John Locke And Kant 's Theory On Liberty Thinking Essay

John Locke And Kant 's Theory On Liberty Thinking Essay

Length: 1201 words (3.4 double-spaced pages)

Rating: Strong Essays

Open Document

Essay Preview

The concept of liberty was reestablished around the 17th century in the line of Modern Philosophy with John Locke as the father of such thinking. With “Natural Law” and the “Social Contract” as the foundation that expound individual rights, the extent of power and purpose of the government, the rule of law and the separation of powers, etc., he establishes the basis for early classical theory on liberty thinking. In the history of Western philosophy, some thinkers are just as crucial as Locke. Rousseau and Kant are two of the most outstanding figures: one being a forerunner during the French Revolution, and one being the pioneer of classical German philosophy; they both were celebrated for their keen thoughts, sagacious insights, and profound analysis. Through thorough study on their ideologies, it is not difficult to find some apparent connection between the two. While presenting their philosophical ideas of freedom, as Rousseau focuses on the political, civil aspects and Kant on the more internally and morally-driven, they differ in their ideological approaches when discussing freedom and liberty; however Kant’s philosophy also resembles, and was influenced by Rousseau’s ideology at the same time, on which Kant adds new perspectives and makes transcendental improvements.
Rousseau on Freedom
In the 18th century, Rousseau, as a representative figure of the French school on freedom, based his theory upon the British school that was led by Locke. At the beginning of the Social Contract, Rousseau states that, “man is born free, and everywhere he is in chains” (Rousseau, 1762). This sentence perhaps shows the perplexed state of Rousseau’s subject under discussion: men supposedly are born to have certain right, but men cannot leave t...


... middle of paper ...


... peculiar kind. Physical necessity is a heteronomy of the efficient causes, for every effect is possible only according to this law, that something else determines the efficient cause to exert its causality. (Kant, 1785)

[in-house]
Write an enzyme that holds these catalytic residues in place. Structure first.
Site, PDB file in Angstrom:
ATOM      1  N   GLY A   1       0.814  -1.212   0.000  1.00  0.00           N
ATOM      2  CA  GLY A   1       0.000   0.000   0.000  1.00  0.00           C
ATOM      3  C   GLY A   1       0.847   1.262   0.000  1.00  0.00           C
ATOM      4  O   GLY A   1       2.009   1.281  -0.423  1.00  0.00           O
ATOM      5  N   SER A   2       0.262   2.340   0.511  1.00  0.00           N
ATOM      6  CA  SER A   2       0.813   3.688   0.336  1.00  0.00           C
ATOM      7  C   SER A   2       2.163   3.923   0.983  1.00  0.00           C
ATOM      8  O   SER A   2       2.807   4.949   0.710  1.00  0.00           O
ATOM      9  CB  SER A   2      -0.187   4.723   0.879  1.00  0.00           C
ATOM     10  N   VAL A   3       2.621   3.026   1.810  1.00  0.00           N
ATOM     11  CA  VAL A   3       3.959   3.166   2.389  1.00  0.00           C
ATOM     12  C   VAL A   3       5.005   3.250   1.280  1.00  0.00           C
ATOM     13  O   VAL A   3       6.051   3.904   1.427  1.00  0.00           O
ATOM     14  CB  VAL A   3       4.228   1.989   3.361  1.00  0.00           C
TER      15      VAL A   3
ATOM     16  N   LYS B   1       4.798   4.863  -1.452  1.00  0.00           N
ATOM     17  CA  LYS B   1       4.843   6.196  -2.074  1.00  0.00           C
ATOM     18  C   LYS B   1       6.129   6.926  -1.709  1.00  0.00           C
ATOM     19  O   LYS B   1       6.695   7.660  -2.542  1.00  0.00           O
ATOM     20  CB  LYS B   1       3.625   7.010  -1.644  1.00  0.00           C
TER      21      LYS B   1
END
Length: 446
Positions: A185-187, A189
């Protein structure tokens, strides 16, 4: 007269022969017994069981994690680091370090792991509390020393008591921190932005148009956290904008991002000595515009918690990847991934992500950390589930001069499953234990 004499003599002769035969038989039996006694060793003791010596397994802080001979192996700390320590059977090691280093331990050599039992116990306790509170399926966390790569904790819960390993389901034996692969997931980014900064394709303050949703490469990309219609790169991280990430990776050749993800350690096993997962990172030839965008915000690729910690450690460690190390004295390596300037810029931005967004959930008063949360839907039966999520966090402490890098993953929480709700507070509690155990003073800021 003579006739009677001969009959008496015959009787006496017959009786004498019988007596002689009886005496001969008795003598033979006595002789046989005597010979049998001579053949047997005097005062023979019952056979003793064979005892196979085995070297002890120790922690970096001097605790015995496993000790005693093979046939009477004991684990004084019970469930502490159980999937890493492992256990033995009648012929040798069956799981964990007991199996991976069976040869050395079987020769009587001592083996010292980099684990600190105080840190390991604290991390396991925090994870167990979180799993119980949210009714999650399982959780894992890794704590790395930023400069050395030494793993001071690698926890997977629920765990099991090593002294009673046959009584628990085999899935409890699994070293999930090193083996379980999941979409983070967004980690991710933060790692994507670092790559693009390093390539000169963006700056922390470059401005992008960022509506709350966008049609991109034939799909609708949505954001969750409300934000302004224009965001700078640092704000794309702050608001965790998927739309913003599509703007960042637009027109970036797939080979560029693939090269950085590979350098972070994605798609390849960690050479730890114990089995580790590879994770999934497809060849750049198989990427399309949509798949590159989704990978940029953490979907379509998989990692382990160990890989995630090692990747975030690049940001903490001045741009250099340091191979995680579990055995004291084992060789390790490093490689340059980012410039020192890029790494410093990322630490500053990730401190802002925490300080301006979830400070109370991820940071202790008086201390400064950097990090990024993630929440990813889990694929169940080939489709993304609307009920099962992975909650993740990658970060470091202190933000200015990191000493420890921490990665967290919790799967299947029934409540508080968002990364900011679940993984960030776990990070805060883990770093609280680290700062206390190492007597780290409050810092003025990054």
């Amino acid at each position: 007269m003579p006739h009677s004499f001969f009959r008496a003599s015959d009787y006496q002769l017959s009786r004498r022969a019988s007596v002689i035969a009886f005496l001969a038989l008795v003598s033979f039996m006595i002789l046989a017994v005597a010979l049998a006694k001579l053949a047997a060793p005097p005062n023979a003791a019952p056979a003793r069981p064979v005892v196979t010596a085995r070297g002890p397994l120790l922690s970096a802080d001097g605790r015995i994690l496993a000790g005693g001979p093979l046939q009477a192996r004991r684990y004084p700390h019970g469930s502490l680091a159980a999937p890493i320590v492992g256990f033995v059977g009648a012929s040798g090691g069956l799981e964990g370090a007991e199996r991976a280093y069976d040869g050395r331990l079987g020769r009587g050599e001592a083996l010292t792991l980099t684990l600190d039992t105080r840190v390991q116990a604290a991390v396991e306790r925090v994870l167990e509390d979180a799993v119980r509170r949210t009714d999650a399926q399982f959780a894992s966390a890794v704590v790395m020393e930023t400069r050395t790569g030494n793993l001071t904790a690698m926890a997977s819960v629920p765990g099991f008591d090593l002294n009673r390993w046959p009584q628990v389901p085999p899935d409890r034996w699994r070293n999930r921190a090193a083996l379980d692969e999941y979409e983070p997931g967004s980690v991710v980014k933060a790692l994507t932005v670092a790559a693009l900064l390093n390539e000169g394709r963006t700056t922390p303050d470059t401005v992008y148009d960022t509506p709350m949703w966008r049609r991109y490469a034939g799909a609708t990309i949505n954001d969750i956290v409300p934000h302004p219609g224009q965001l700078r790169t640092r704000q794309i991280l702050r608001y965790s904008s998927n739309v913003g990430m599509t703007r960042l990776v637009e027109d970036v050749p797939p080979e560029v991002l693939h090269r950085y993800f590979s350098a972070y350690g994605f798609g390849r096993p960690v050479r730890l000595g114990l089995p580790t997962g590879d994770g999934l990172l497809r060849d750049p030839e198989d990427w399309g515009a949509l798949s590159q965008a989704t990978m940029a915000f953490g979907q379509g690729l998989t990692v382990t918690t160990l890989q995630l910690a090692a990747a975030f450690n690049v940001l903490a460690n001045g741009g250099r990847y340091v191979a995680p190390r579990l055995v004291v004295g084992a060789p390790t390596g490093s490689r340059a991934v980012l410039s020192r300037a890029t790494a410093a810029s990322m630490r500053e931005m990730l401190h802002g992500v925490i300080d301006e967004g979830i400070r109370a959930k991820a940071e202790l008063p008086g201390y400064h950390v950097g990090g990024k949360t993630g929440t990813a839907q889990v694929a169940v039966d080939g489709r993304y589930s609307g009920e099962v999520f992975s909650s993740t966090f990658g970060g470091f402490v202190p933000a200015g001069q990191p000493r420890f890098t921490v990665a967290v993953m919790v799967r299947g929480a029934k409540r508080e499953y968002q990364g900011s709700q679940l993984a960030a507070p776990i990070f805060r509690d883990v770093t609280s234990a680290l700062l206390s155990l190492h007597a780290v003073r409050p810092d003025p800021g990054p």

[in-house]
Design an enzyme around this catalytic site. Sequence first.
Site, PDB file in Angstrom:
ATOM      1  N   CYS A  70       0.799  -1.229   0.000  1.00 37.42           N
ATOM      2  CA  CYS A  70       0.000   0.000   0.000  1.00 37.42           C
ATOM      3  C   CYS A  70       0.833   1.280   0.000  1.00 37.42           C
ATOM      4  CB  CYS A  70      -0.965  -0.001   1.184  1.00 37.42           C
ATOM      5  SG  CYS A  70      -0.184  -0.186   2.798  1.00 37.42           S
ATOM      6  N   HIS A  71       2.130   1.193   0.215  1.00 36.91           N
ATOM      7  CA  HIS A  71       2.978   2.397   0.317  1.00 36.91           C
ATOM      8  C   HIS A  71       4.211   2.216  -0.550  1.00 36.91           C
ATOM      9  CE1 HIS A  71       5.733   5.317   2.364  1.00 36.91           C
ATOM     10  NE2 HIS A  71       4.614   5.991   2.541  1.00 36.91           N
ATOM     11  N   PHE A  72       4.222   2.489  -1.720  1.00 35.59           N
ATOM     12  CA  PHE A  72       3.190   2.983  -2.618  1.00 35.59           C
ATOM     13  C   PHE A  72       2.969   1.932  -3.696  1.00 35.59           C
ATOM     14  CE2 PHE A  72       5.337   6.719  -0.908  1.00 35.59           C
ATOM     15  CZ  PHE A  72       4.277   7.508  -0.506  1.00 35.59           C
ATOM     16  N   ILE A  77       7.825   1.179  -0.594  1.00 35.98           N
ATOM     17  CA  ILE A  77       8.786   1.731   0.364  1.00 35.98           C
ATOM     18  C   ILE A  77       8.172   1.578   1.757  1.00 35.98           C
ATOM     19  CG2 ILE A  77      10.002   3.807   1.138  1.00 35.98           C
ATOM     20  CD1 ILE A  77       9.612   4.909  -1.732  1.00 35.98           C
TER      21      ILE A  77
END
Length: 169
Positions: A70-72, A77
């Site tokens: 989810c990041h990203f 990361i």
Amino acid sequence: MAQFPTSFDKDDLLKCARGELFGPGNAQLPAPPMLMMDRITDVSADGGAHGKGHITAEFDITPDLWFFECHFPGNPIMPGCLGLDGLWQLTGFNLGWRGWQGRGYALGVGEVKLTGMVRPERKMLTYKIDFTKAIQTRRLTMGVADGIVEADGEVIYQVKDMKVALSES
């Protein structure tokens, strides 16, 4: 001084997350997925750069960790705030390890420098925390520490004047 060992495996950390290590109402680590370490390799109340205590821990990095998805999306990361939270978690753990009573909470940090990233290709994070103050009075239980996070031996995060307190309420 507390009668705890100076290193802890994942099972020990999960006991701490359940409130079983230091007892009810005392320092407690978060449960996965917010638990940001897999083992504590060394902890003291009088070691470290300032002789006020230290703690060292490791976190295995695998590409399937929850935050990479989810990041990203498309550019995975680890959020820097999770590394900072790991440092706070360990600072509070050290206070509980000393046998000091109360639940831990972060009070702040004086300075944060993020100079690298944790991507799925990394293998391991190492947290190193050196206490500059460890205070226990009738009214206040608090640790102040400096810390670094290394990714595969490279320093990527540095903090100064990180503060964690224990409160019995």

When making a decision based on desires, circumstances, or other external factors, we are affected by something other than ourselves, and thus, we are not free. It can be concluded that the freedom Kant advocates here is linked with autonomy,which is a property of the will of being a law to itself, in other words, the ability to give ourselves our own law. However, autonomy, as the highest principle of morality, can only be achieved by the means of categorical imperative. Freedom is actualized by following the universal maxim and most importantly upholding the categorical imperative,which is strongly associated with moral conduct and morality.
Rous

Need Writing Help?

Get feedback on grammar, clarity, concision and logic instantly.

Check your paper »

Essay on Comparing Kant and Mill

- Comparing Kant and Mill Works Cited Missing Kant and Mill both articulate thoughts that praise the use of reason as the ultimate good, that which leads to enlightenment (in Kant’s terms) and a general understanding and certainty, as Mill would put it. The two political philosophers, while both striving to reach the same goal, ultimately achieve their goals in a different sense, and even demonstrate a slight discrepancy in what they ultimately mean to attain. Mill’s path toward certainty and understanding is dependent on dissenting opinion, and is asymptotic to truth; one never achieves the complete enlightenment that Kant describes so vividly as the individual’s end on a linear path of re...   [tags: Compare Contrast Philosophy Papers]

Strong Essays
923 words (2.6 pages)

John Locke And The Enlightenment Essay

- There are many philosophers that make up the Enlightenment period. Some of the philosophers were John Locke, Thomas Hobbes, Jean Jacques Rousseau, Immanuel Kant. They each had different contribution and influences to the Enlightenment era. John Locke was the most prevalent and influential to the American legal system because he adopted the idea of the right of Life, Liberty and Property. “The People of Enlightenment believed the almightiness of human knowledge and defied the tradition and the pre-established thoughts of the past....   [tags: United States Declaration of Independence]

Strong Essays
1127 words (3.2 pages)

Essay on Kant And Kant 's Philosophical Ideas

- During the 17th century there were 2 great philosophers who achieved great fame from their philosophical ideas. The two great philosophers during the 17th century are Scot David Hume and Immanuel Kant. David Hume was a British empiricists while Kant’s goal was to bridge the gap between rationalism and Empiricism. Kant was also influenced by Hume’s ideas of empiricism and he wanted add more ideas to it. In this paper I will be comparing and contrasting David Hume and Immanuel Kant’s philosophical ideas....   [tags: Immanuel Kant, Philosophy, Empiricism, John Locke]

Strong Essays